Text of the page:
From: Overview of the Multiple Intelligences Theory.  Association for Supervision and Curriculum Development and Thomas Armstrong.com

Source: http://skyview.vansd.org/lschmidt/Projects/The%20Nine%20Types%20of%20Intelligence.htm

The War on Kids

 

Are public schools becoming more and more like prisons?

That’s what the documentary “The War on Kids” says.

 

Based on interviews with educators, medical professionals, students and sociologists, the documentary, paints the picture of an increasingly authoritarian and paranoid school system that is failing its students, stripping them of their civil liberties and constitutional rights.

“Kids have no voice. Everyone pretends to care, but it is never true, and it’s the children who are being blamed for all the failings in the education system,” filmmaker Cevin Soling told FOX411’s Pop Tarts column. “People do not learn when they are in such an autocratic environment.”

The film points the finger at the public school system’s “zero tolerance” guidelines designed to keep weapons off campus. Spurred in large part by the Columbine and Virginia Tech shootings, many school districts have since adopted policies that strictly prohibit the possession of weapons on school grounds. And while each district has its own code of conduct, the film says some have broad definitions of what constitutes a weapon.

“The War on Kids” points out an alarming number of incidents in which children were suspended, expelled and even arrested for possessing food knives, nail clippers, key chains, aspirin, candy – even chicken strips.

In one incident, kindergarten kids were suspended for playing cops and robbers using their fingers as guns. Another student was suspended for drawing a picture of an armed soldier. In another, a six-year-old boy was suspended for waving around his breaded chicken lunch and saying “pow.”

Soling says some children considered problems are put on psychiatric medications in an effort to control them.

One student, Dan Rachlitz, says in the film that he was told he had ADD (Attention Deficit Disorder) and was “put on drugs that made (him) high,” but found out later he didn’t have a medical disorder, he just acts a “little crazy” by nature.

Public school teacher Morgan Emrich noted that in his experience, the children treated with prescription drugs never seem to learn better, and lose their energy much faster.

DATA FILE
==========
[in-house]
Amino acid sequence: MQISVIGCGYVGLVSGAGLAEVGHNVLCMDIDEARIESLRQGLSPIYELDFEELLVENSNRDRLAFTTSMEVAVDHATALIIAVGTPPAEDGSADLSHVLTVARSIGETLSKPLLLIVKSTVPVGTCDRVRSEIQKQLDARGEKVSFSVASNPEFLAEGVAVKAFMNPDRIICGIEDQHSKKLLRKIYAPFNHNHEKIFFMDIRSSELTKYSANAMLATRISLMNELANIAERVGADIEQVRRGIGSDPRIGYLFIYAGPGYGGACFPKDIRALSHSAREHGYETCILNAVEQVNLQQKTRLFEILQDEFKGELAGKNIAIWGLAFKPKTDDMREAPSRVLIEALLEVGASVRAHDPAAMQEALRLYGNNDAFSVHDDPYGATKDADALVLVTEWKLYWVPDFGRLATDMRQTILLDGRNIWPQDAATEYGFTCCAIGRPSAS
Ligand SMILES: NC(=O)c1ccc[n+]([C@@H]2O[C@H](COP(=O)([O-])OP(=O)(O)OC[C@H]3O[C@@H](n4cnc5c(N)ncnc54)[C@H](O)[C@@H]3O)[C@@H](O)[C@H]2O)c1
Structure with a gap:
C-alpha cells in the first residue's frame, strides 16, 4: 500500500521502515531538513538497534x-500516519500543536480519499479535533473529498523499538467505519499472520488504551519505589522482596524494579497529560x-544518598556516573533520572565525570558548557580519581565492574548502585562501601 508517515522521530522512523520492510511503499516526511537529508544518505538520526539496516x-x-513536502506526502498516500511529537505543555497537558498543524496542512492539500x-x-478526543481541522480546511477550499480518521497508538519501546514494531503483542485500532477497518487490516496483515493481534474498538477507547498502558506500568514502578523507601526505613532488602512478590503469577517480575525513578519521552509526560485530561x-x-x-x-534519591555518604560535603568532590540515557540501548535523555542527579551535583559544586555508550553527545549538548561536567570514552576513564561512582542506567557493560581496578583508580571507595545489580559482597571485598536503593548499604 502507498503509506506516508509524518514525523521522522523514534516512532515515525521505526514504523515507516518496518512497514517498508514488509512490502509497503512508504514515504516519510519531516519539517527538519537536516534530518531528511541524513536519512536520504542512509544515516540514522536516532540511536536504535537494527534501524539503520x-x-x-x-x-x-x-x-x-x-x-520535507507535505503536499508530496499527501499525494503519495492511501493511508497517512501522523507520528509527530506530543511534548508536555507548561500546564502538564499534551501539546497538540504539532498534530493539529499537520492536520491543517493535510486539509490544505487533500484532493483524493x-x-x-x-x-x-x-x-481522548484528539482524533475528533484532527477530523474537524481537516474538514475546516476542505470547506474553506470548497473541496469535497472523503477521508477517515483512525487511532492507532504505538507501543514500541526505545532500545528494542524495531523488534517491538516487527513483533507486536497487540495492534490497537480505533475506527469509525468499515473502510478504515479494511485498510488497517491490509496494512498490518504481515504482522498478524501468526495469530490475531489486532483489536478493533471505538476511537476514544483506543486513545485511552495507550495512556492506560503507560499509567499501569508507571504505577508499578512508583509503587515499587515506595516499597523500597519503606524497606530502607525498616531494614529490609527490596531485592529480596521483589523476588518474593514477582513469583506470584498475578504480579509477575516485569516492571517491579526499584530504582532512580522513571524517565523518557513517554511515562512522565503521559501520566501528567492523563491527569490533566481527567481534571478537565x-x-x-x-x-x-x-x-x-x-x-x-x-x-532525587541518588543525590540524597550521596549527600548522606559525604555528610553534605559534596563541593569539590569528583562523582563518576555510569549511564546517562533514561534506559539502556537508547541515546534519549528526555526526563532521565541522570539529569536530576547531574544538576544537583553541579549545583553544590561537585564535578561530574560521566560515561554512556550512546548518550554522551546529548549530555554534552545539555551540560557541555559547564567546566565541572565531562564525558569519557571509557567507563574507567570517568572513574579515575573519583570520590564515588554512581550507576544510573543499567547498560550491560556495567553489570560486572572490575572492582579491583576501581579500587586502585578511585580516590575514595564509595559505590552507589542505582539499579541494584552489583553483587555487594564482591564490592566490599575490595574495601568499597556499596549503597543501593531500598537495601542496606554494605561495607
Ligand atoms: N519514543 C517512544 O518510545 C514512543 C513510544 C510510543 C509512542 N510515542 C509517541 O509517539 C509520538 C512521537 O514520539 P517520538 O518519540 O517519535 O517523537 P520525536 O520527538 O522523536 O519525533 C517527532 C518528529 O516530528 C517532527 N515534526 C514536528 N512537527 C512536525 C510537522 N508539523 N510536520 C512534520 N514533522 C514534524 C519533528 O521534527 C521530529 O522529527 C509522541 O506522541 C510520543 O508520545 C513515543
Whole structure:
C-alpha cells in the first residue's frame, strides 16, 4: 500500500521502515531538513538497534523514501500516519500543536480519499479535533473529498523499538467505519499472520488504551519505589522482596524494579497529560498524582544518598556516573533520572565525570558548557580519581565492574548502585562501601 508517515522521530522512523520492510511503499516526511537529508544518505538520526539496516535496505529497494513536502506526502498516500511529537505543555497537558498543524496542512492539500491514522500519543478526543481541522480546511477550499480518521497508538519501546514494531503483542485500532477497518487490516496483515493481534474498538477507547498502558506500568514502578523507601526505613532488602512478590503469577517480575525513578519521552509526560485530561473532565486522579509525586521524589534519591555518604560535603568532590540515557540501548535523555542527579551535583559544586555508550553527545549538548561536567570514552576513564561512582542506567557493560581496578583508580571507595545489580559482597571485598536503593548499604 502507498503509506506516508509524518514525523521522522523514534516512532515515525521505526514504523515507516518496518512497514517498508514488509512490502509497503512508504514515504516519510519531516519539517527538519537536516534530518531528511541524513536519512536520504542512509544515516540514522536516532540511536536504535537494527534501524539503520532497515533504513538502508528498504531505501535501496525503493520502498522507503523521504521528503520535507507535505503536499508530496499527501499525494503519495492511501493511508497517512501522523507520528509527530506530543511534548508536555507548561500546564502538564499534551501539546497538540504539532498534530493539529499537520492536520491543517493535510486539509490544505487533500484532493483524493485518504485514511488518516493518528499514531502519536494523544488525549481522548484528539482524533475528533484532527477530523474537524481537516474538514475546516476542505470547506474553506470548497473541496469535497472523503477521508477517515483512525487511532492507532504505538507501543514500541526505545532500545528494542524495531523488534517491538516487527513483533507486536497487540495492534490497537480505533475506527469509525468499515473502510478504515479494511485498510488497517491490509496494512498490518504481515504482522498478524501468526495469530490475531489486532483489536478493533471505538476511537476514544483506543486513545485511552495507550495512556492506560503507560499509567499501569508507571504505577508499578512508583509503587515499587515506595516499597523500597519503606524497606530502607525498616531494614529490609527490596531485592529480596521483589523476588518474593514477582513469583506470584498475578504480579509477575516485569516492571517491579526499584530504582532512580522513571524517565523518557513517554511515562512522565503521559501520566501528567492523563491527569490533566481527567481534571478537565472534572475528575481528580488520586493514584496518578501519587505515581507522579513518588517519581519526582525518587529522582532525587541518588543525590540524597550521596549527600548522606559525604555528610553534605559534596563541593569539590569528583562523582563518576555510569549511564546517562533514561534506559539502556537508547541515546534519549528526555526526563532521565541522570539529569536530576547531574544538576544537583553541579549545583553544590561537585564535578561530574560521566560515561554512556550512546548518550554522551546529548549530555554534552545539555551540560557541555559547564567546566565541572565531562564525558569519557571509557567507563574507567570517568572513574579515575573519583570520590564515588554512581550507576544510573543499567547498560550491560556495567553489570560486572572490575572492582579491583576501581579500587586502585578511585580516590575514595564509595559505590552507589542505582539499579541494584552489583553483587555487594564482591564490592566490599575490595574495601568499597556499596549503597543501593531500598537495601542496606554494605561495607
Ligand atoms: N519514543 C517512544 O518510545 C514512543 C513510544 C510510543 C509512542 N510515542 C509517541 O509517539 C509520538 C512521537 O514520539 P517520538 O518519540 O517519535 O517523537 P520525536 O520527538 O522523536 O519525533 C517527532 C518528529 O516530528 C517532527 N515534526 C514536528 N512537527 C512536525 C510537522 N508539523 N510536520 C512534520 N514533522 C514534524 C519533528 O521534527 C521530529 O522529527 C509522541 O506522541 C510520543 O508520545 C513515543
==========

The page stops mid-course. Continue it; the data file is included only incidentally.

“These are kids that used to be energetic and vivacious, bouncing off the walls and have a ton of opinions. Now they sit there and stare at the floor,” he said.

For Soling, the film is more about civil rights than anything else.

“Children have no voice and childhood has become pathologized. Kids in America are horrendously oppressed and we have systems or propaganda which obscure the fact,” he explained. “The complaints people have about kids – they don’t want to read, they watch too much TV, they have no respect for authority, etc. – are all a reaction to repression.”

Not everyone agrees with Soling’s conclusions.

“The anecdotal information, which enlivens any documentary, can be attacked as not the whole picture. ‘The War on Kids’ presents no coherent remedy for the various problems, but some may conclude that the solution is the abolition of public schools,” stated one writer for the Political Film Society.

A review on children’s book publisher Scholastic’s blog noted that “the movie seems pretty over the top, juxtaposing interviews with (mostly white) parents angry about how kids are being treated and footage of (mostly black and brown) kids getting arrested or searched for drugs in school.”

The Village Voice’s Ella Taylor wrote that the documentary is missing is “a dissenting voice to point out that some kids (and their families) do benefit from medication, that some schools are located in such high-crime areas that no security at all would be pure folly, and that some safety-obsessed parents refuse to allow their children to walk to school by themselves, yet drive them up to the front gates dressed like hookers.”

The U.S. Department of Education was not able to provide comment from a rep that had seen the film. However press secretary Daren Briscoe told us that the department believes that “students learn best in class” and not when suspended.

“We are obviously very engaged and concerned with making sure students receive equitable education,” Briscoe said.

Happy Birthday Martin Luther King Jr.

“We Can Never Be Satisfied …”

Martin Luther King Jr. (1929-1968) was a Baptist minister and social activist who played a key role in the American civil rights movement from the mid-1950s until his assassination in 1968. Inspired by advocates of nonviolence such as Mahatma Gandhi, King sought equality for African-Americans, the economically disadvantaged and victims of injustice through peaceful protest. He was the driving force behind watershed events such as the Montgomery Bus Boycott and the March on Washington, which helped bring about such landmark legislation as the Civil Rights Act of 1964 and the Voting Rights Act of 1965. King was awarded the Nobel Peace Prize in 1964 and is remembered each year on Martin Luther King Jr. Day, a U.S. federal holiday since 1986.

 

Martin Luther King Junior’s Historic Last Speech: I’ve Been To The Mountain Top

Obama Inked His Name to the 2013 NDAA

Obama signs NDAA 2013 without objecting to indefinite detention of Americans

January 4, 2013  by

US President Barack Obama makes a statement about fiscal cliff negotiations from the White House December 31, 2012 in Washington, DC. Lawmakers in Washington continue to work on a last minute compromise to pass legislation to avoid a fiscal cliff of tax hikes and spending cuts in the United State’s federal budget. AFP PHOTO/Brendan SMIALOWSKI